NEW DELHI —
It is widely expected Narendra Modi, the chief minister of Gujarat and flag bearer of the opposition Bharatiya Janata Party (BJP), is going to form India’s next government.
Results of the balloting, carried out in nine phases spanning more than a month, are to be announced Friday.
After a record turnout for the world's largest exercise in democracy, Indian voters, according to numerous exit polls, will hand a defeat to the governing Congress Party, which has held power for the past decade, paving the way for a BJP-led alliance to have a second opportunity running the government.
Modi is regarded as an autocratic conservative Hindu, who favors the privatization of publicly held sectors of the economy. But his legacy was stained by deadly anti-Muslim riots in Gujarat on his watch 12 years ago. That led the United States to effectively blacklist Modi during the current and previous U.S. administrations due to human rights concerns.
With no foreign policy track record, though, it is uncertain how he might alter India’s international relations after Prime Minister Manmohan Singh’s decade at the helm.
No part of that riddle is more critical than Modi’s approach toward Pakistan, the Muslim-majority neighbor carved out in the 1947 partition of the subcontinent at the end of British rule.
After their initial 14-month clash on the battlefield over the princely state of Kashmir and Jammu, which began barely two months following partition, India and Pakistan fought three more wars and each has developed nuclear-armed ballistic missiles.
And they continue to dispute control over the divided Kashmir region in the north.
Of all of India’s states, Gujarat shares the longest border with Pakistan. But trade across the two countries' 2,900-kilometer border remains tightly restricted.
Gujarat’s leader was widely viewed during the national election campaign as ignoring Muslim voters and “so if you use that analogy you could have Modi simply ignoring Pakistan, making no special gesture,” says Manoj Joshi, distinguished fellow at the Observer Research Foundation.
Some other political analysts predict relations with Pakistan, both economic and diplomatic, could improve if Modi becomes prime minister, as it did under Atal Bihari Vajpayee, the first BJP prime minister, between 1998 and 2004.
Pakistan’s pragmatic prime minister Nawaz Sharif “will be interested in improving commercial ties, he’s very pro-business” as is Modi, notes political pundit Ajoy Bose. But Bose cautions if India is a victim of another terrorist attack traced across the border to Pakistan, then all bets will be off.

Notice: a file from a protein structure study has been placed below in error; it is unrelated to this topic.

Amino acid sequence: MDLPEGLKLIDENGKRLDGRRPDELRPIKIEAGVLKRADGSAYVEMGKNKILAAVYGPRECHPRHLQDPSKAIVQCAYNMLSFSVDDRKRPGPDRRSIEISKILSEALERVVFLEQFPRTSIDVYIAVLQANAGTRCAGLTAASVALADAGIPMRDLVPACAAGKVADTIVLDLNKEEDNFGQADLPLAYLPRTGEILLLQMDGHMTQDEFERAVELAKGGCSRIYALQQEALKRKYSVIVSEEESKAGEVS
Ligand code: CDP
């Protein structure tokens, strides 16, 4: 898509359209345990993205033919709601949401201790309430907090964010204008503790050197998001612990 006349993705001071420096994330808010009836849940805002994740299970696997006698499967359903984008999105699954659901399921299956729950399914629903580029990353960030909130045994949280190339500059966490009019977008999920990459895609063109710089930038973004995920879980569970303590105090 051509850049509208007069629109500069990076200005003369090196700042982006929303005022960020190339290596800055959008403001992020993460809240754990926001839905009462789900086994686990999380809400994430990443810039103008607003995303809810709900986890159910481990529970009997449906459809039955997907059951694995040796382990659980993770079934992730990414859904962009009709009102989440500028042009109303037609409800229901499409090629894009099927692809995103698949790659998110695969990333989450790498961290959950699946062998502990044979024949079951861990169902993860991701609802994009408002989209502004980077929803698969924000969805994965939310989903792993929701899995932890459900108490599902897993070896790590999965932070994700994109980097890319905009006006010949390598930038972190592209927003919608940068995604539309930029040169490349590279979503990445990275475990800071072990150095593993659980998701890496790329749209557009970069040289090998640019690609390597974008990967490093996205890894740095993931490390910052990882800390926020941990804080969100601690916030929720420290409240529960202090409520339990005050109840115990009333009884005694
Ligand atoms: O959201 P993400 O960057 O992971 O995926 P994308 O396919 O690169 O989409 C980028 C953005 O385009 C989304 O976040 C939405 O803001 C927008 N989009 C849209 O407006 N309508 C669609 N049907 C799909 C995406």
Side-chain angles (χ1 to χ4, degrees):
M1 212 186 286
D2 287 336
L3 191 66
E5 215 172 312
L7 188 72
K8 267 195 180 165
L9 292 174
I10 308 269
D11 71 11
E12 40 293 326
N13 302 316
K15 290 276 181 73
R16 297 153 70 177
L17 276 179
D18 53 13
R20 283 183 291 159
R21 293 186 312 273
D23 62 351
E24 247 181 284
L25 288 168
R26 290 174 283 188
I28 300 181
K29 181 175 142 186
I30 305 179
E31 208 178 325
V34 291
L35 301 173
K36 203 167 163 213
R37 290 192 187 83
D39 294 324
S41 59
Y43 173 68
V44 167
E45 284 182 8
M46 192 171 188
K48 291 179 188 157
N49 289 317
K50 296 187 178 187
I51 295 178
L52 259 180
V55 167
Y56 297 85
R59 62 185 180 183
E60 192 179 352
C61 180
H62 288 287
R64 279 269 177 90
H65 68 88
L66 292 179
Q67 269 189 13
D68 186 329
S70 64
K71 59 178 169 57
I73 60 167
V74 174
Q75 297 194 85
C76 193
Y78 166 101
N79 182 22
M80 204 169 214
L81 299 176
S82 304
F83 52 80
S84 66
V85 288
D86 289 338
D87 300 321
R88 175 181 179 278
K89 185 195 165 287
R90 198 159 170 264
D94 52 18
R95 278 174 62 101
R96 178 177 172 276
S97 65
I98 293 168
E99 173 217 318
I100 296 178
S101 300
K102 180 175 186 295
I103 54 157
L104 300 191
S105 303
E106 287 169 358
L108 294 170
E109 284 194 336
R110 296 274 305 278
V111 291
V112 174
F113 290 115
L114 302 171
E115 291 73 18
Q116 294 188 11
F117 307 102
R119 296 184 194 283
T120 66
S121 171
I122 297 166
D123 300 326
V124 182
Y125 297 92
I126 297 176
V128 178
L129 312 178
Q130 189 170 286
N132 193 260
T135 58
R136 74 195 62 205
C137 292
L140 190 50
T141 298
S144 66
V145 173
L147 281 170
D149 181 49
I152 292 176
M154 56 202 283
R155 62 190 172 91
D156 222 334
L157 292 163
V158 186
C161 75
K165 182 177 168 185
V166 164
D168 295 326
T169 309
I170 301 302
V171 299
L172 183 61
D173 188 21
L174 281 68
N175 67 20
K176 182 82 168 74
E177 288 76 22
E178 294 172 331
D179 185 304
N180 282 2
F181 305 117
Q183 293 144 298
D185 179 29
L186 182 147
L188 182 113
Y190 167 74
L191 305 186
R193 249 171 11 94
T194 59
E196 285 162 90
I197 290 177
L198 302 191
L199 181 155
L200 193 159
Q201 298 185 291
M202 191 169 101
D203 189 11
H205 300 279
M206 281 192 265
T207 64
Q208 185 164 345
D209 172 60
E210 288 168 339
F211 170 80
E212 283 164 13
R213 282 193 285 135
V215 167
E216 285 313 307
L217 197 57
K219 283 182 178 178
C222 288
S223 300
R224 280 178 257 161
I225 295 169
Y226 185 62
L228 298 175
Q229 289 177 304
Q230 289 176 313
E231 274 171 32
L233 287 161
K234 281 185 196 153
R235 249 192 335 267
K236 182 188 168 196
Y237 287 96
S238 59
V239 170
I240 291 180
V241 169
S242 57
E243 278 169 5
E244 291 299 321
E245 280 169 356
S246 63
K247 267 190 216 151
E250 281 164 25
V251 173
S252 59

“In which case Mr. Modi would be under tremendous pressure from hardliners in his party. And also for his own image, because he can not afford to look like a wimp and would have to respond in very extreme terms. So that’s where the danger lies,” warns Bose.
India, the world’s largest democracy, also has a border dispute with the only country having a larger population, China.
Beijing is offering to help build and finance nearly one-third of India’s infrastructure development.
That is an offer any Indian government can hardly refuse because voters are expecting a fundamental transformation of their lives, according to Joshi.
“So with China from the economic side I see, probably, enhanced engagement, though Japan is very much there as a competing figure in terms of investment and also we do not have disputes with Japan whereas we have this huge border dispute with China,” he explains.
Some analysts here blame both New Delhi and Washington, each distracted with other pressing issues, for what is widely viewed as maladroit bilateral diplomacy in recent years. They argue the relationship should be much better as the two democracies have no fundamental clash of interests and many shared concerns.
"We look forward to the formation of a new government once election results are announced and to working closely with India's next administration to make the coming years equally transformative,” said President Obama in a statement this week. But the White House and a similar State Department comment avoided mentioning the name of any party or individual.
There are hopes that the not insubstantial number of businesspersons with Gujarat roots among the three million Indian-Americans could be a bridge between a Modi-led government and American officials.
“This relationship needs some love right now,” Sanjay Puri, chairman of the U.S.-India Political Action Committee, told the Associated Press.
Puri organized trips by senior BJP officials to the U.S and hopes the White House will quickly extend an invitation to visit to India’s next leader.